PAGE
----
On April 18, 2019, FERC granted Sunrun, Inc.’s petition for declaratory order and request for waiver of the Public Utility Regulatory Policies Act (“PURPA”) Qualified Facility (“QF”) certification requirements for certain of its residential solar photovoltaic (“PV”) systems.  Specifically, FERC granted Sunrun limited waivers of: (1) the QF certification requirement for Sunrun-financed residential rooftop solar PV systems under 20 kW where such systems, though separately interconnected, may aggregate to over 1 MW within a one-mile radius; and (2) the requirement in Item 8a of the QF self-certification Form No. 556 to identify related PV systems of 20 kW or less located within a one mile radius.  FERC’s order noted its intention to ease administrative burdens on both Sunrun and itself, and affirmed that certain certification filing exemptions available to QFs under 1 MW can persist as Sunrun expands and its financed PV systems aggregate to over 1 MW within a one-mile radius.
Continue Reading

On March 21, 2019, the Commission issued a proposed order directing two wind energy generators, Cedar Creek Wind Energy, LLC (“Cedar Creek”) and Cedar Creek II, LLC (“Cedar Creek II”) (collectively the “Cedar Creek Entities”) to provide interconnection and transmission service to a proposed wind project, Mountain Breeze Wind, LLC (“Mountain Breeze”) across jointly-owned interconnection customer facilities (“ICIF”) to the Public Service Company of Colorado (“PSCo”) transmission system.  Although Cedar Creek II sought to dismiss the matter as an impermissible attempt by Mountain Breeze to acquire an ownership interest in the ICIF outside of a Federal Power Act (“FPA”) Section 203 or Section 205 proceeding, FERC rejected this characterization and instead found narrowly that Mountain Breeze had properly filed an application for Commission-ordered service under FPA Sections 210 and 211.  FERC directed the parties to attempt to reach an agreement on the terms and conditions for interconnection and transmission service, or a separate order prescribing such terms and conditions would be issued.
Continue Reading

On March 6, 2019, the New Hampshire Public Utilities Commission (“PUC”) declined to reconsider an earlier order refusing to enforce a newly-enacted mandatory biomass power purchase obligation, and associated subsidy scheme. Although the New Hampshire PUC ruled narrowly in both decisions, the law subsidizing state biomass generators at above-market rates is the latest in a series of recent state actions pushing the jurisdictional line between FERC and state authority (see, e.g., April 27, 2016 edition of the WER; September 25, 2018 edition of the WER; October 3, 2018 edition of the WER).  As of this writing, challenges to the law remain pending at FERC.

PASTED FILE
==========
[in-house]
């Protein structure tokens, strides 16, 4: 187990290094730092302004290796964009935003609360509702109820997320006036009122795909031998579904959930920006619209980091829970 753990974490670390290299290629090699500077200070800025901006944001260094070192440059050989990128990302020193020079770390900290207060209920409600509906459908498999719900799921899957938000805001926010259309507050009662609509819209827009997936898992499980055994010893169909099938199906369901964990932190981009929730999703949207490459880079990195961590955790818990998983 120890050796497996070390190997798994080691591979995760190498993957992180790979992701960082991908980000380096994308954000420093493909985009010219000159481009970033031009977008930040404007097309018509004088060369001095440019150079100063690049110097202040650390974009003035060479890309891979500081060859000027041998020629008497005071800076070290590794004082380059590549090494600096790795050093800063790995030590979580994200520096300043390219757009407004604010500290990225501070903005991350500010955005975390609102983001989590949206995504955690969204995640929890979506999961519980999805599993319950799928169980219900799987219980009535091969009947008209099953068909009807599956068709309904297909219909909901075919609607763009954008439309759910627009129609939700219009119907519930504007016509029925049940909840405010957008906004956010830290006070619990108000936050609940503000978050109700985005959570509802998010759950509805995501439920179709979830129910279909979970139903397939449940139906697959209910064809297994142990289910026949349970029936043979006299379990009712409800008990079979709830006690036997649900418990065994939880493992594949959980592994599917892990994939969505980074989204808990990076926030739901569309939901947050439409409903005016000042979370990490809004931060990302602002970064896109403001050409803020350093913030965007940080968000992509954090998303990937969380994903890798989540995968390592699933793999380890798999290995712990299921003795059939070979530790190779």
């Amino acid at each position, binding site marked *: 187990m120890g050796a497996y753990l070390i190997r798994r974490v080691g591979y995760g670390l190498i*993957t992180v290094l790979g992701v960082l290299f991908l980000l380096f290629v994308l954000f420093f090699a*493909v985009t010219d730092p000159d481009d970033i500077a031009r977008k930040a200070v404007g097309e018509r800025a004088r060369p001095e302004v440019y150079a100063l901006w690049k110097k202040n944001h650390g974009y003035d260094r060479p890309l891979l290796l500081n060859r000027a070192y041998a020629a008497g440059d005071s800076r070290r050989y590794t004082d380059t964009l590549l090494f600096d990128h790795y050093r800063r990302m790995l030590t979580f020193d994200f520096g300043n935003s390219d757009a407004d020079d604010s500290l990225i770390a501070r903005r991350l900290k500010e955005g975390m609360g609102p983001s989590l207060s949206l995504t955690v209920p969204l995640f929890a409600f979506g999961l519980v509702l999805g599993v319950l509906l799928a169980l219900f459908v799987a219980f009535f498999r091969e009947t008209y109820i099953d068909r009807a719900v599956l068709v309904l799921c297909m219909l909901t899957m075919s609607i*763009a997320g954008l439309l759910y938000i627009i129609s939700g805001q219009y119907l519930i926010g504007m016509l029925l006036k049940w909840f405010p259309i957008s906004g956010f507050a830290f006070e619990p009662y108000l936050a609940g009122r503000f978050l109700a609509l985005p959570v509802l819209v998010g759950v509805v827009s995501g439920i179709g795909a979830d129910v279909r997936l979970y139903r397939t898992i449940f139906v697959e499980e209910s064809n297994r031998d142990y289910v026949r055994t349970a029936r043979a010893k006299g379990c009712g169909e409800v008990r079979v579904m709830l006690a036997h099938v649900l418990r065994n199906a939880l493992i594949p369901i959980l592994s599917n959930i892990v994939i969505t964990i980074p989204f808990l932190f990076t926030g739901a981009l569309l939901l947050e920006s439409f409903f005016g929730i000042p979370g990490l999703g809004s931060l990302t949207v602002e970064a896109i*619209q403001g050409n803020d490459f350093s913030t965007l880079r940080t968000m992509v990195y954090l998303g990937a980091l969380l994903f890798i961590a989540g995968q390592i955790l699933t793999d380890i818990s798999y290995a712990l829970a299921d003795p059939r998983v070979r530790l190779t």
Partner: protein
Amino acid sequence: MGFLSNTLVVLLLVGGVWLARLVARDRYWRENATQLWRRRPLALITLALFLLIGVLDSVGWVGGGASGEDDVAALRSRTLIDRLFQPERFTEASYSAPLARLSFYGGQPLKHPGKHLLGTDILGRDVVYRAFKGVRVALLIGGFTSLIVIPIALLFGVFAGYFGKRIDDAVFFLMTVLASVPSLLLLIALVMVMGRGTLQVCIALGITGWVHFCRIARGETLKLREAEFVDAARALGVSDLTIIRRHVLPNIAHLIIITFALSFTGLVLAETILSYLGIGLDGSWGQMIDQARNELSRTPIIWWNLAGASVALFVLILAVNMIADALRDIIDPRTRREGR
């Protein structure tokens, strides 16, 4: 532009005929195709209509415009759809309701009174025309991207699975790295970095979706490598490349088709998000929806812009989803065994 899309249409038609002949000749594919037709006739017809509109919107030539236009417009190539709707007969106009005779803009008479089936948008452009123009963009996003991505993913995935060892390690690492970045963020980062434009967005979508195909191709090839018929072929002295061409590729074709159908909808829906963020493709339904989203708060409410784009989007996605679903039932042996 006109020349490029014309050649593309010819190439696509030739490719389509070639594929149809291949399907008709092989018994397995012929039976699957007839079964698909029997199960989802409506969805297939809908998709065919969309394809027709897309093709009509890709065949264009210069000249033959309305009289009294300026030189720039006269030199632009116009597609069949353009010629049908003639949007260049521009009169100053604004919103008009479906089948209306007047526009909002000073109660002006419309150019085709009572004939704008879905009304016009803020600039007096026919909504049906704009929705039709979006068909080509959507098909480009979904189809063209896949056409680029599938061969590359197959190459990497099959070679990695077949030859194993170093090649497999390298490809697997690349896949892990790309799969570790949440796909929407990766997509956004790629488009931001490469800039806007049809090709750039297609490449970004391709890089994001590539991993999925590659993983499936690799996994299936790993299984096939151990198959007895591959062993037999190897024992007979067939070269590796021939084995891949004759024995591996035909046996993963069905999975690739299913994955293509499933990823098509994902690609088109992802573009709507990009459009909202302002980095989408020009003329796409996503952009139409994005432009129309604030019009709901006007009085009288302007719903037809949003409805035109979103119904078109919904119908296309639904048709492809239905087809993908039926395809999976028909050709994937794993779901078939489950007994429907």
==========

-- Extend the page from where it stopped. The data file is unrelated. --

Continue Reading

On January 29, FERC issued an order accepting revisions to ISO New England Inc.’s (“ISO-NE”) Competitive Auctions with Sponsored Policy Resources (“CASPR”) program, the ISO-NE’s mechanism to integrate state-sponsored generation resources (“Sponsored Policy Resources”) that might otherwise suppress prices in its Forward Capacity Market.  The order addressed the contested test price mechanism in detail, ultimately accepting it as a just and reasonable modification to ISO-NE’s Forward Capacity Auction (“FCA”) design.  In so doing, FERC’s order permits ISO-NE to bar capacity resources from participating in the FCA secondary auction if those resources bid capacity into the FCA primary action at a price below the ISO-NE’s assessment of their going-forward costs.  FERC’s order drew a dissent from Commissioner Glick, who argued that the test price mechanism had not been shown to be just and reasonable.
Continue Reading